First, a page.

“I want to stop Brexit. Fix Britain. And then I want to reform the things that are wrong with the EU,” says Gavin Esler. He has a lot on.
The 66-year-old former BBC Newsnight presenter is standing to be an MEP in London for Change UK – the new pro-Remain party formed by The Independent Group of ex-Labour and Tory MPs.
Esler is speaking to HuffPost UK less than 48-hours after he was unveiled as an election candidate at his new party’s campaign launch in Bristol. “It’s all a bit hazy,” he laughs at the whirlwind.
“We are trying to get up an organisation. We are trying to get each other’s telephone numbers and emails. And we have four weeks until the election.”
The party has had a rocky introduction to electoral politics, with several of its candidates being exposed for making offensive comments online. One stepped down after it was revealed he once said “black women scare me”. Not ideal for a party that brands itself as the sensible centre. Heidi Allen, the interim leader, has admitted its vetting process was “not good enough”.
Esler agrees Change UK needs to “learn very fast” in terms of how to organise. “We absolutely will make mistakes,” he says. But adds: “In terms of the basic principles and message, we are great.”
“We really appeal anybody Britain who is fed up with Brexit,” he says.
And his “gut feeling” is that this year’s poll will see the biggest turnout in Britain for election to the European parliament ever. This, he hopes, will see not “so many strange characters” becoming MEPs as in the past.
This might prove to be true. But that does not mean the pro-Remain parties will be the main beneficiaries.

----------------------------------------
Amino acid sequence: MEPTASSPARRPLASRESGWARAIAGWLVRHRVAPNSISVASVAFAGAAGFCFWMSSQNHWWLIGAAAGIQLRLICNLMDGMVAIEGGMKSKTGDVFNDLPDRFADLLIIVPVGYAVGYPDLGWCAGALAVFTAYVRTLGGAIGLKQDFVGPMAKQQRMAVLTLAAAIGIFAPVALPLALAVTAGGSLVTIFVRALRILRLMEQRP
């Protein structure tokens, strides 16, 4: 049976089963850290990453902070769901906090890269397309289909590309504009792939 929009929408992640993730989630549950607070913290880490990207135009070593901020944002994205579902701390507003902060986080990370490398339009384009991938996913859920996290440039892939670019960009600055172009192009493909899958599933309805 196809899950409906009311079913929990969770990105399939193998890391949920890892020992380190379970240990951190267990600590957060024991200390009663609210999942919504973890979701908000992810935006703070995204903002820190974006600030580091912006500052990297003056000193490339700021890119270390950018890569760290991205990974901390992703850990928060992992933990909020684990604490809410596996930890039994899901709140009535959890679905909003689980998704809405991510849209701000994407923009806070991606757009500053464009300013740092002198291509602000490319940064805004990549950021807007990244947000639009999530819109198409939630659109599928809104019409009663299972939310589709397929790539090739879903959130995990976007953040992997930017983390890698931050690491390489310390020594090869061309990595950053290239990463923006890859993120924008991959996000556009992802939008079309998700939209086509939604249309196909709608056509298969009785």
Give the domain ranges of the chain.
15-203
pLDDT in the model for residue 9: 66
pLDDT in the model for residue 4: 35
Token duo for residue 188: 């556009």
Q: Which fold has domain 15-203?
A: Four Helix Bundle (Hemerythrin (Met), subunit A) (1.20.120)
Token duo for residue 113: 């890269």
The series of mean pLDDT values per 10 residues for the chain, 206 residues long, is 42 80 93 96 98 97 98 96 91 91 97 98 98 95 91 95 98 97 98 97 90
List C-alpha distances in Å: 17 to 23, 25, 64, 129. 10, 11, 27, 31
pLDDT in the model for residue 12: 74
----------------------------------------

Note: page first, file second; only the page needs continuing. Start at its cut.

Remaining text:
A YouGov poll of the elections released after this interview put Change UK on 10% of the vote. Nigel Farage’s new Brexit Party holds a commanding lead on 28%.
“Nigel Farage has got some strengths,” Esler freely admits. “He really connects with people. He is a very good talker. I find him very affable. I would very happily buy him a beer. And I am sure he would be happy with it to.”
But Esler add of the Brexit Party leader: “He is a talker not a doer. He couldn’t even organise a march from Sunderland to London. He literally talks the talk and doesn’t walk the walk. He is a formidable campaigner. But the message he sends out is essentially hollow. It’s bankrupt.”
And he warns that while Farage is “more honest on that than many other politicians who support Brexit”, his approach is reminiscent of Nazism.
“The word ‘betrayal’ was used in German from 1919 onwards and throughout the 1920s with terrible results. I am not doing some some sort of scary thing here. That kind of rhetoric, ‘saboteurs’, all those kinds of words used about fellow British citizens who happen to disagree is really bad,” Esler says.
For Esler, the jump from journalism to professional politician was “really hard”. As perhaps could be expected of a veteran reporter, he had “always been sceptical about people in power”.
“I have enjoyed meeting Angela Merkel and Bill Clinton and Margaret Thatcher and all the rest, but I have always done that as an observer. I never wanted to do it,” he says.
The trigger, unsurprisingly for anyone who follows him on Twitter, was Brexit. “This is about Britain. This is about the country I love. People who have stolen our patriotism on the far-right and I want that back,” he says.